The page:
ble sought out the people your Majesty
had directed to furnish me with saddle
horse and guide, and the next morning we
started for Puna, the land of caves and
cocoanuts. Except for the grand and pic
turesque tropical forest through which the
trail wound for nearly half the distance, the
journey was a tedious one. About 3 o'clock
in the afternoon, my native guide stopped
and surveyed the country around with his
eye, then plunged suddenly into a blind
trail, hidden by ferns and bushes nearly
as high as our heads, that led in the direc
tion of the mountains. After about half an
hour's ride, over the rockiest trail I ever
saw, we came to a bluff or precipice about
fifty feet high; there the trail turned to the
left, winding along at the foot of the hills.
In a few minutes we sighted a green spot
in the rocky desert, with a primitive hut
built close up to the precipice, with one end
of it abutting the wall of rock. Here
my guide again paused and with abject ter
ror depicted on every feature of his coun
tenance, he silently pointed to the hut, then
wheeling his horse started down the trail
we had just come over, like a scared wolf.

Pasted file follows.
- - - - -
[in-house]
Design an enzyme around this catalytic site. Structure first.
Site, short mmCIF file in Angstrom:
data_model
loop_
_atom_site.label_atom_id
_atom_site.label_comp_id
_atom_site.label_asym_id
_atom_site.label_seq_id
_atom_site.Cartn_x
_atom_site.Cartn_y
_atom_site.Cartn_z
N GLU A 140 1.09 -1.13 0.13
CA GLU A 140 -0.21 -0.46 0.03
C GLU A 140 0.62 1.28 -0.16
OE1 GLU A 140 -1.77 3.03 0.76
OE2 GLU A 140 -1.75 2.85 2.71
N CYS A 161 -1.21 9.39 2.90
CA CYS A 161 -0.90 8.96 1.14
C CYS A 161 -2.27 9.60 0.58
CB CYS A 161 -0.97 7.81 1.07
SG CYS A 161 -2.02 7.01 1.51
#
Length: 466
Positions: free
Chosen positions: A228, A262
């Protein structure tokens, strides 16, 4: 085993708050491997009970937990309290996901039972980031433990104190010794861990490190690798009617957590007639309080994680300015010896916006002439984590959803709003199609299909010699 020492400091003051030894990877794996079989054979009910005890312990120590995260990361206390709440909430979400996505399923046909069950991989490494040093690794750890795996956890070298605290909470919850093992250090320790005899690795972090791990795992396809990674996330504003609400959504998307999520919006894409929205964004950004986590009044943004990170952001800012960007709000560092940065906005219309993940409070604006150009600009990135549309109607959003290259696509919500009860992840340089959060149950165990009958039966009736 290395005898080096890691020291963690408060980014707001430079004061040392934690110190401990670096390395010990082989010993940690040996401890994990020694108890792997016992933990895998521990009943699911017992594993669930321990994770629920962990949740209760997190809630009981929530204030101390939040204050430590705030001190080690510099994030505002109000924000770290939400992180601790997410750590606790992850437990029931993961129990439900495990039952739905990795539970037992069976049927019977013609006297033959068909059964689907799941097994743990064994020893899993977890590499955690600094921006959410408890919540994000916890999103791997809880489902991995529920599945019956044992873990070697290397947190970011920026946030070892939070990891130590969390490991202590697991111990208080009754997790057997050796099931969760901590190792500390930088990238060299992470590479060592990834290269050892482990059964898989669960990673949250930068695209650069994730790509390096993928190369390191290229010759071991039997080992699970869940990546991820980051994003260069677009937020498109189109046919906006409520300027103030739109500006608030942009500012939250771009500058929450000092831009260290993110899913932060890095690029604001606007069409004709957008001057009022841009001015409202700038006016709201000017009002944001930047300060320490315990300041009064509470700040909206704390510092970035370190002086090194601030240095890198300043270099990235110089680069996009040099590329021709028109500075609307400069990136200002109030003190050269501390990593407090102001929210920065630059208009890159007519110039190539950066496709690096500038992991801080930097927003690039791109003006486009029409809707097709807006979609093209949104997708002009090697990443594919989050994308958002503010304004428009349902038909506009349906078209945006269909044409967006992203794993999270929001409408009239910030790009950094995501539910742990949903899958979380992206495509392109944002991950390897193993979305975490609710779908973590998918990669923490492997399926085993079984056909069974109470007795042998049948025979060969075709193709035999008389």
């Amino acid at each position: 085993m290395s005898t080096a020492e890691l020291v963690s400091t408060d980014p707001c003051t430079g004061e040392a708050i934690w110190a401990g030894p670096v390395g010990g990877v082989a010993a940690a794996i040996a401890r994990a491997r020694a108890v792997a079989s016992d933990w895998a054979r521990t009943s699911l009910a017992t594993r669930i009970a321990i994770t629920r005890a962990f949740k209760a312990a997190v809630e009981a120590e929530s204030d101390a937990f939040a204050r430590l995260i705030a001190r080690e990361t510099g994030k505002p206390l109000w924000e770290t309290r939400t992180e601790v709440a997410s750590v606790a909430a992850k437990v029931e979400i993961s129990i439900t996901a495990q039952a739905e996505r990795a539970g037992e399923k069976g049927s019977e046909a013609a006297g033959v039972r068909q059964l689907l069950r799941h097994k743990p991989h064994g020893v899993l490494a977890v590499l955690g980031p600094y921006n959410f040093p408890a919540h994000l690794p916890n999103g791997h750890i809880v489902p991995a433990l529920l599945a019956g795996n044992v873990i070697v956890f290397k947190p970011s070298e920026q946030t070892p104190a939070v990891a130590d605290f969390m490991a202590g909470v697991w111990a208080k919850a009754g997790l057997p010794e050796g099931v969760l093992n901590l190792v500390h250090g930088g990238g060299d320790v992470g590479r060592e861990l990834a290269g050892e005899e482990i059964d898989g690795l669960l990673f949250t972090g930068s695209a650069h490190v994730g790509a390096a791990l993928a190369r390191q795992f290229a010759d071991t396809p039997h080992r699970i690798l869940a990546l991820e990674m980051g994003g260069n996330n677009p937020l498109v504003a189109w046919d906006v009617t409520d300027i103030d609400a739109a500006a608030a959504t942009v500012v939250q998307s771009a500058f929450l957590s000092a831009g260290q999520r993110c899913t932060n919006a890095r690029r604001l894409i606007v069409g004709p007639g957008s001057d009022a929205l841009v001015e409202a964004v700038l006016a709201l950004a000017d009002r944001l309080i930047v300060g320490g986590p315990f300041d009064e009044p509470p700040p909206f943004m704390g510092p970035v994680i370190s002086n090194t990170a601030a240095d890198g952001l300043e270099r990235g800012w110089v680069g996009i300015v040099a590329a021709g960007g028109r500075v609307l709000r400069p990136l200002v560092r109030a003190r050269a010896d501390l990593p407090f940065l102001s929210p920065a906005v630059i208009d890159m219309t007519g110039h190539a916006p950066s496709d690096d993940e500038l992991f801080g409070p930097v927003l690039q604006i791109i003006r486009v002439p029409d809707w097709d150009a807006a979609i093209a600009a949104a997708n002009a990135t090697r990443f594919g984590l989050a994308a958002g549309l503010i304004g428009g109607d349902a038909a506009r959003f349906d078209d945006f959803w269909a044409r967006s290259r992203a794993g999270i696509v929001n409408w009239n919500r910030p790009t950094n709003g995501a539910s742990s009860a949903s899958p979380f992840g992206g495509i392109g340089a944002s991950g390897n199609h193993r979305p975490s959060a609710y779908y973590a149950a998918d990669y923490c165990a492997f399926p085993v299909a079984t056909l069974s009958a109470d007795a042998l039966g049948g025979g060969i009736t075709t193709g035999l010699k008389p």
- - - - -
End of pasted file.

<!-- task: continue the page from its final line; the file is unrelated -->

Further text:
I would not have supposed a man could
ride a horse over that rocky trail at full
speed with safety to life and limb had it not
been that late that night I accomplished
that same feat and still live.
" I must confess that the sudden terror
of my guide, at only the sight of the hut in
this lonely spot, somewhat disconcerted me
and I felt like following him. But I was
determined to solve the mystery, and pull
ing myself together trotted leisurely clown
the incline into the hollow, or meadow, and
went boldly up to the hut. As I approached
an old man with white hair and whiskers
came out to meet me. He was entirely de
void of clothing, vith the exception of a
breech clout. His skin was dark-brown
and shone like polished ebony, only not so
dark. He was tall, erect and athletic, and
carried himself with extraordinary dignity.
The only thing about him that indicated age
was his white hair and whiskers and wrink
les under his eyes and around his knees.
As he approached he seemed to tower above
me like a giant. His eyes were riveted
upon me suspiciously, and he said in the
most scathing tones, 'Ka! he haoli!' ijt
is only a white mam.
" lie had such a commanding presence,
and he looked at me in such . way that 1
almost felt terrified. When I handed him
your Majesty's letter, a broad smile came
over his f.ice after its perns 1. In fact, an
expression of gre.it satisfaction overspread
his countenance, and I was very hospitably
invited to enter, lie took charge of my
"While my weird host unsaddled my horse
and staked him out on the lawn, I entered
the hut. The sight that met my eyes made
me shudder from head to foot.
" Now, gentlemen, remember th it I have
taken a course of medicine, and if my
father had not died and left me a fortune I
might now have been a very ordinary
country doctor; and yet, gentlemen, I
shuddered when I entered that room. It
seemed as if the room was frescoed and
upholstered with skulls and human bones.